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Accelerated Testing of Modules and Components for Photovoltaic Reliability

To conduct accelerated testing of modules and components, NREL subjects photovoltaic (PV) components and materials to stressors such as thermal cycling, heat, moisture, and ultraviolet light to provide early indication of potential failure modes. New accelerated test and diagnostic techniques are developed to meet specific needs, especially those associated with understanding new devices and materials.

NREL capabilities for accelerated testing for photovoltaic reliability involve two types of testing:

Accelerated Testing of Modules

To conduct tests on accelerated testing, NREL maintains and operates a collection of environmental chambers for application of humidity, heat, electrical bias, white light, and ultraviolet (UV) light. The chambers accommodate modules of variable sizes. NREL's use of these chambers is designed to develop new tests that quantitatively correlate with field failure rates.

NREL is studying the application of voltage bias combined with other stresses. When correlated with outdoor test results, these studies are being used to develop test standards that can identify durable designs from designs that may show early failure in the field.

NREL is also investigating ways to more quickly duplicate the results of thermal cycling on ribbon interconnects.

Accelerated Testing of Components and Materials

NREL maintains and operates hardware for testing small test components and materials. These can apply up to ~40 suns of UV intensity while controlling the temperature and humidity and up to ~1,000 suns of UV in an uncontrolled environment. Rapid thermal cycling of small components with variable electrical bias is also available. Below are specific tests performed at NREL.

Concentrating Photovoltaic Cell-Heat Sink Bond

Concentrating photovoltaic (CPV) cell assemblies have been observed to fail at the point of attachment between the cell and the heat sink. If even small voids form between the cell and the heat sink, catastrophic failure may occur, as has been observed in the field. Many companies have raised a concern about the current qualification test. The objective of this activity is to develop new tests for stressing this bond, both to improve the current qualification test and to reduce the time needed for testing of new designs.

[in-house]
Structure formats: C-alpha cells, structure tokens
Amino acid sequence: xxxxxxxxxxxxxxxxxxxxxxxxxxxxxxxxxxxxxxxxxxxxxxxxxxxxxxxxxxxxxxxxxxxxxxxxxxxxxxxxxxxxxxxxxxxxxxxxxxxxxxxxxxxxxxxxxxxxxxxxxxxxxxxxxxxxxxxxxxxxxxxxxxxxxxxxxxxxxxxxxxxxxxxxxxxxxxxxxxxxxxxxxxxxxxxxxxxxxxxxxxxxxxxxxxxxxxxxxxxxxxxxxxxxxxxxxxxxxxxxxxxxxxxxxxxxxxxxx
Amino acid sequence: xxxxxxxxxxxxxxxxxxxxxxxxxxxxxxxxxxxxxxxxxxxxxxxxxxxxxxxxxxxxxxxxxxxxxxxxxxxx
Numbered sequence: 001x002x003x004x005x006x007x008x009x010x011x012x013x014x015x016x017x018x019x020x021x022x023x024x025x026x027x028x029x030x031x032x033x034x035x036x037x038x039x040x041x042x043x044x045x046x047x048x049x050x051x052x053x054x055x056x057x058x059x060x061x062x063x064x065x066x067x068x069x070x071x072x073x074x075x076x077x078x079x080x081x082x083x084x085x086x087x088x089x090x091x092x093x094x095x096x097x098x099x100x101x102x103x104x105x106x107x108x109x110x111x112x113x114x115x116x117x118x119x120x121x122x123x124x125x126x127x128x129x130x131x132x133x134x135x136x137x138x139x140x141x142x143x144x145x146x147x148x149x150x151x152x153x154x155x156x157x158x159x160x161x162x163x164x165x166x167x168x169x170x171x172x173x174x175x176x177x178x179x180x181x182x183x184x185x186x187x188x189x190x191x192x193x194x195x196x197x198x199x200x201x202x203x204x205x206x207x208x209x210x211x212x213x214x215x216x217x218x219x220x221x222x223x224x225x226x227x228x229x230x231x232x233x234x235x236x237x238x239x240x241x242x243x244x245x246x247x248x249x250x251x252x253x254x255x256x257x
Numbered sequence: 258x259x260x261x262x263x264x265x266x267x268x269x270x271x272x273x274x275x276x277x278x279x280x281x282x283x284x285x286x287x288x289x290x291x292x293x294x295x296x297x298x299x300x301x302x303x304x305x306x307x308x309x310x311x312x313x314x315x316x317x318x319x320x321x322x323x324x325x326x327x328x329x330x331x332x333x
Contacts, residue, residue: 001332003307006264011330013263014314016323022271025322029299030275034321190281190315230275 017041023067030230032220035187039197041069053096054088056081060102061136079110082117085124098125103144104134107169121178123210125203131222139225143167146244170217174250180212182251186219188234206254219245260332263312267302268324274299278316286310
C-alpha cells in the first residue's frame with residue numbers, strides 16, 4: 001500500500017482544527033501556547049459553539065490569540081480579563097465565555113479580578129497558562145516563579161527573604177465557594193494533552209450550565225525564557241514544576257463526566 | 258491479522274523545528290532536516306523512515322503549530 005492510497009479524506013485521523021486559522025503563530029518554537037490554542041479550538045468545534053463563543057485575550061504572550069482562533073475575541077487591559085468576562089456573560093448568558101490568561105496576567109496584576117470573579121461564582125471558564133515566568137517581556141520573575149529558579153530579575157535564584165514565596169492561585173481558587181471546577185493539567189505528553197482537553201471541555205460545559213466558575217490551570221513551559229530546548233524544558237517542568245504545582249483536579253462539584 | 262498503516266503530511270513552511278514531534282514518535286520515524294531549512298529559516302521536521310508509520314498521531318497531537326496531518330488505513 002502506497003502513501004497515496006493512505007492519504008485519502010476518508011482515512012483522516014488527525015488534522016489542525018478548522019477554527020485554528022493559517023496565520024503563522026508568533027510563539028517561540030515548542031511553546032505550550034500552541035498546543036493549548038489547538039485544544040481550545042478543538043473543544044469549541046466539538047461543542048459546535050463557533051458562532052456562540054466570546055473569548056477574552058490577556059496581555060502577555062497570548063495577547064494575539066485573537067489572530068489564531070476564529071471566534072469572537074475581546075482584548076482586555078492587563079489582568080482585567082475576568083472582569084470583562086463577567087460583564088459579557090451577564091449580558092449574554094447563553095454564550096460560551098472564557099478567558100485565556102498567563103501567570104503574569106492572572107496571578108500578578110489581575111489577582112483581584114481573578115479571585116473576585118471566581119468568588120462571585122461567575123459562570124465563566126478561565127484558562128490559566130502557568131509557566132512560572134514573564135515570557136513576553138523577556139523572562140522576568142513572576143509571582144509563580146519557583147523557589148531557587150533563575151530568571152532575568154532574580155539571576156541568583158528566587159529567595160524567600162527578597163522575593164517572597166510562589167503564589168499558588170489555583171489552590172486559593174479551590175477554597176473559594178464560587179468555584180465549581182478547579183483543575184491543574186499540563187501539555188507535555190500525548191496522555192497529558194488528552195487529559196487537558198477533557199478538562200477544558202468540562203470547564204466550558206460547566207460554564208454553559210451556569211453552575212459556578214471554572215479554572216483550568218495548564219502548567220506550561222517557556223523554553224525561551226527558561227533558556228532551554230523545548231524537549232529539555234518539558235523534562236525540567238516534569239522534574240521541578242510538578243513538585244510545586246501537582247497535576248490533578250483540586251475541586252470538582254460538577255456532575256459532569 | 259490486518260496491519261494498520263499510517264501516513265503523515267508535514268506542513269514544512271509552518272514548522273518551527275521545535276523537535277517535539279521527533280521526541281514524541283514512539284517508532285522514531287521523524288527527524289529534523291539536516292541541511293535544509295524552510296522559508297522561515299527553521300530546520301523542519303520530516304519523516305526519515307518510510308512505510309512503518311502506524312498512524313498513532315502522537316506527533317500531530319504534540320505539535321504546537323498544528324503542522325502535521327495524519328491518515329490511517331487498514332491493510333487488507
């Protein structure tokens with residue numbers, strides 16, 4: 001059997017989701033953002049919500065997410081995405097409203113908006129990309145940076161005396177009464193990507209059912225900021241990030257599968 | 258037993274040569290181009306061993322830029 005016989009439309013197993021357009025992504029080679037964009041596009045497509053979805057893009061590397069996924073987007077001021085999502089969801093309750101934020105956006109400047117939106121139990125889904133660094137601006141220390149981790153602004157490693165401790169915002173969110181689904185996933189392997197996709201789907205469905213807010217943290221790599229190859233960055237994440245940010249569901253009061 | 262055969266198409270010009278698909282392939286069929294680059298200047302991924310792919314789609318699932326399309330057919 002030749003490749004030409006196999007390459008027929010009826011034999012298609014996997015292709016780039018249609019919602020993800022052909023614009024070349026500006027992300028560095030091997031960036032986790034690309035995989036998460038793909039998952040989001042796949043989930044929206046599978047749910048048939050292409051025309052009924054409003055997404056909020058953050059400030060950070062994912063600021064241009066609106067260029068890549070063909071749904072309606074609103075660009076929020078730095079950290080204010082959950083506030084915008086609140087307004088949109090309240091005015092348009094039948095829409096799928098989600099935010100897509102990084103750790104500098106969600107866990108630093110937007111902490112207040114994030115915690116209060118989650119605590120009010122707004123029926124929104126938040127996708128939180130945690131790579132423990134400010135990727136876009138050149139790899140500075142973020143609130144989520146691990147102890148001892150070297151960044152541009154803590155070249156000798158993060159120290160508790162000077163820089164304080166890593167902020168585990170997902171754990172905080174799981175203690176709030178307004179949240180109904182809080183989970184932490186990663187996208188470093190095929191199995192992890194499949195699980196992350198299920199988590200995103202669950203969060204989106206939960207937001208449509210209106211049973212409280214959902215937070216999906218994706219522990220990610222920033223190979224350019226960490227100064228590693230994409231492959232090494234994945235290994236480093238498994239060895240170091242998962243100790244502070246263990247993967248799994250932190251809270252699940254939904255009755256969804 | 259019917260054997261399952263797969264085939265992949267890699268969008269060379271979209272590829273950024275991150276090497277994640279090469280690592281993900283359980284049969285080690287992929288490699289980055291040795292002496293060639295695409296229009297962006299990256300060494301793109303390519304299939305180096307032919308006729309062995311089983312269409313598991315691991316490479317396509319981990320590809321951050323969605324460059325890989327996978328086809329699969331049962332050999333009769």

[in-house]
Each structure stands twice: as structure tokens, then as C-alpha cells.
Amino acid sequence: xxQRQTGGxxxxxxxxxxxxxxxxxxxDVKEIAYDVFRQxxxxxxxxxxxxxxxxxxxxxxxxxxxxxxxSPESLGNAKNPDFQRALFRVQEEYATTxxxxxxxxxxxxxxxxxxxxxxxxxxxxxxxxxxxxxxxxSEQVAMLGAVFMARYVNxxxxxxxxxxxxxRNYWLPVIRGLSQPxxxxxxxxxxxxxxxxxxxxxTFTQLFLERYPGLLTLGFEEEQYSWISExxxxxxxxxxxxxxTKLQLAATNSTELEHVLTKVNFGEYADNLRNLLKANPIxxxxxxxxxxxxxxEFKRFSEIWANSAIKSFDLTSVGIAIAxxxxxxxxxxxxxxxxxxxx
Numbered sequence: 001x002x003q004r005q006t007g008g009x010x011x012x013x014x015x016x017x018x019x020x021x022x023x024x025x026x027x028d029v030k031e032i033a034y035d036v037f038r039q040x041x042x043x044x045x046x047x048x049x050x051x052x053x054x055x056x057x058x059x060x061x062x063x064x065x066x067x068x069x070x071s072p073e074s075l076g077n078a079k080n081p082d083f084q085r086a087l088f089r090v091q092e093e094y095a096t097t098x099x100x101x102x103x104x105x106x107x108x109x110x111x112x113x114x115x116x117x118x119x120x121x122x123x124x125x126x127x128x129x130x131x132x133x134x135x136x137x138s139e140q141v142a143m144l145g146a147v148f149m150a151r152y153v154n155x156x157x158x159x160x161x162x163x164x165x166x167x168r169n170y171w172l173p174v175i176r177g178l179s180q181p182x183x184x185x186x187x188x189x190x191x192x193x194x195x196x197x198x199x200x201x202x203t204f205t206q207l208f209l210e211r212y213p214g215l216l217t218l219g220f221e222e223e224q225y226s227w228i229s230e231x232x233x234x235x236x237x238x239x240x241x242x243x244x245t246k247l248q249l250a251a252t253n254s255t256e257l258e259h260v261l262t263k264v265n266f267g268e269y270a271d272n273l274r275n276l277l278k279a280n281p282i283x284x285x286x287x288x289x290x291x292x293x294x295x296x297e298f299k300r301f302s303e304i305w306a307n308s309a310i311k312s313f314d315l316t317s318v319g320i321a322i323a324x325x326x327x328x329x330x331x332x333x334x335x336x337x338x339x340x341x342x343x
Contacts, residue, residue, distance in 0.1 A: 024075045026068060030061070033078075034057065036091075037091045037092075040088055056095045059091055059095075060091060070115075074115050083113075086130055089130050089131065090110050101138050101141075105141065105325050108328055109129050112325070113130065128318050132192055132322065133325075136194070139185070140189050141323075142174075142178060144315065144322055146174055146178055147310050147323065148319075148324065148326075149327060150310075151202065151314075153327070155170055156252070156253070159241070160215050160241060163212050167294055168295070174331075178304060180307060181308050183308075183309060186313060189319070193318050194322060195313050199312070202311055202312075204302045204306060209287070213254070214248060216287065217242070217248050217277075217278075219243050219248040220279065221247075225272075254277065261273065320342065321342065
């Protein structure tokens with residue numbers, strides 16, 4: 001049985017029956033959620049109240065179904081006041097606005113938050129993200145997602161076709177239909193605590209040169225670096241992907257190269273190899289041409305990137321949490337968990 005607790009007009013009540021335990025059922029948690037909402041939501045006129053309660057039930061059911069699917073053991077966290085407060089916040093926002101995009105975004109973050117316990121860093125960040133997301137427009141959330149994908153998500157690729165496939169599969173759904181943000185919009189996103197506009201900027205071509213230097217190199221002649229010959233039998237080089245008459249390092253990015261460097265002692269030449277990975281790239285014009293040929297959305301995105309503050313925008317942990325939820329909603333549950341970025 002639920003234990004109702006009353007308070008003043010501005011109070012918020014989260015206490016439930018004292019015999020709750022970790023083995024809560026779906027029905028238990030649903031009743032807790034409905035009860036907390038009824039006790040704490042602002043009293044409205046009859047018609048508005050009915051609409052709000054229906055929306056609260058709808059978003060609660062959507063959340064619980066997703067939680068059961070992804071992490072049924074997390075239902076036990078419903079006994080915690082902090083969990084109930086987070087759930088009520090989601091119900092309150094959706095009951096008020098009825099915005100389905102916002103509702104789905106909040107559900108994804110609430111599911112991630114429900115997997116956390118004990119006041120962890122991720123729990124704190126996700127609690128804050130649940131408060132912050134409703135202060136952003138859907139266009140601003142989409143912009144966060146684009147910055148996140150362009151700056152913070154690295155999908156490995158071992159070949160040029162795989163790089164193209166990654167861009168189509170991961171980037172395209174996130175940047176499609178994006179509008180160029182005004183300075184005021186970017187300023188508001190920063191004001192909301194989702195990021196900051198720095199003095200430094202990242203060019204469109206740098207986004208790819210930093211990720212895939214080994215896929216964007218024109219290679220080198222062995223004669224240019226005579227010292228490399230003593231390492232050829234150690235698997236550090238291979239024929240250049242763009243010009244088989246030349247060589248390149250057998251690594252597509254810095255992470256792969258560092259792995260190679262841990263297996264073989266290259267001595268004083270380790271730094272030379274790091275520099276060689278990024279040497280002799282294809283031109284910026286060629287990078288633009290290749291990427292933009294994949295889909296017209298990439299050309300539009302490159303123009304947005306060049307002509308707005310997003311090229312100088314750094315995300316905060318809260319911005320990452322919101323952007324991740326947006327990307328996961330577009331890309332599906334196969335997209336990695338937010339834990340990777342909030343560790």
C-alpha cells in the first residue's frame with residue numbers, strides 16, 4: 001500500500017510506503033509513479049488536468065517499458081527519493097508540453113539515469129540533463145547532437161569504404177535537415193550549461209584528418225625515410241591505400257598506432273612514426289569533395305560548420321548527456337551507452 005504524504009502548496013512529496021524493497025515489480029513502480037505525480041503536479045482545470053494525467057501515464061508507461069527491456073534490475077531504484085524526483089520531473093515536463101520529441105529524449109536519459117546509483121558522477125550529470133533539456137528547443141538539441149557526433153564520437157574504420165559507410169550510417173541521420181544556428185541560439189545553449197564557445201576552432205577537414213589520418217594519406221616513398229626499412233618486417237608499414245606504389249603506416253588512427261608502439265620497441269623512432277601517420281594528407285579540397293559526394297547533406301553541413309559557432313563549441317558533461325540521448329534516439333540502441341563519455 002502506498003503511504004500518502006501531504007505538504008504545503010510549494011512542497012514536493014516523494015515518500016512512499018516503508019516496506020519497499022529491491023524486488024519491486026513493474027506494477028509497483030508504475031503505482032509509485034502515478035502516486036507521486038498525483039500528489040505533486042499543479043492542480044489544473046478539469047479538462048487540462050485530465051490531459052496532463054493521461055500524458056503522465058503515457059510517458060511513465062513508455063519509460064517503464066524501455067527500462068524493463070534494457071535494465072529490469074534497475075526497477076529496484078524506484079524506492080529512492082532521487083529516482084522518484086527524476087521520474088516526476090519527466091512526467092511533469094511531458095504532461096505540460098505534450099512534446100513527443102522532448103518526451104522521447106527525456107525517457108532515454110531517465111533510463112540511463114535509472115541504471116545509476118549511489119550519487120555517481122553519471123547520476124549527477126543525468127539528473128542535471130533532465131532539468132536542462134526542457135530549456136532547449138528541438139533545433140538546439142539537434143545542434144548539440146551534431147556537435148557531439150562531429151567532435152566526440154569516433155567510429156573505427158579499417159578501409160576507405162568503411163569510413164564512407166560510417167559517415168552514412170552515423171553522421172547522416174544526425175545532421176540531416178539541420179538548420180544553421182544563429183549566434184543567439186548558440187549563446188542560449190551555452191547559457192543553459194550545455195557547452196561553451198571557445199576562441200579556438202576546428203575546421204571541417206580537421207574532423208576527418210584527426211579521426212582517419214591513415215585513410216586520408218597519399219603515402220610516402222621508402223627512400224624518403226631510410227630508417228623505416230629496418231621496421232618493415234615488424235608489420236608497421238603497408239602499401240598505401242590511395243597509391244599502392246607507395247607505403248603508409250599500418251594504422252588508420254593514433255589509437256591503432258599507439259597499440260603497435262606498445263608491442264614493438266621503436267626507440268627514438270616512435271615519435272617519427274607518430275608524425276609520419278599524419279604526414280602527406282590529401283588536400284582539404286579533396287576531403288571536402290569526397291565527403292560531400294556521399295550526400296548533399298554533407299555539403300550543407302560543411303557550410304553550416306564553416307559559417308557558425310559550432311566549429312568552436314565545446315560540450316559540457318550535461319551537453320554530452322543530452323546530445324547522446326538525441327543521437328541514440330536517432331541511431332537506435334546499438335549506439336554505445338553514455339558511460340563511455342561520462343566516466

Degradation of Fresnel Lens Materials

The type of optical materials acceptable for use in CPV is a subject of controversy. Each company must develop its own accelerated test, slowing product development. NREL is collaborating with a number of companies to study the causes of failure and the related methods of accelerated testing. Our emphasis is to communicate more broadly about what is already known and to gain new information where there is a lack of knowledge. Our goal is to identify useful test procedures and help the industry move to a consensus about which materials meet the needs of CPV.

Measuring Moisture Ingress into Flexible Thin-Film PV Technologies

PV industry representatives have expressed substantial interest in developing flexible thin-film products, but the development of these products is impeded by the sensitivity of these modules to moisture. We have been developing a technique that can measure moisture ingress at water-vapor transport rates as low as 10-5g/cm2/day. We welcome the opportunity to apply this test to new moisture-barrier concepts.

Evaluation of Creep Rate in Thermoplastic Materials

As manufacturers have striven to reduce costs while retaining performance, they are investigating replacement of ethylene vinyl acetate (EVA) and back-sheet materials. A potential lack of thermo-mechanical and dielectric stability of these materials in the field could easily lead to safety issues. We are working with PV community members to better understand the risks and how to test for them. One aspect of this work is to better quantifying the thermal-use environment.

Stressing of Encapsulant Materials

There is general consensus that the UV dose applied to encapsulant materials during testing falls far short of field exposure. Accelerated UV exposure, either indoors or outdoors, can increase the dose. A method for applying concentrated UV light and the resulting damage caused to some encapsulants is described in an NREL publication. Some CPV systems have shown degradation of the encapsulant material, but the cause is not well understood (i.e., UV, heat, strain?). The goal of this activity is to understand the failure mechanisms of CPV encapsulants and to improve our ability to test all encapsulants, enabling development of an appropriate test protocol. An NREL publication helps to define the optical fluxes within many CPV optical designs.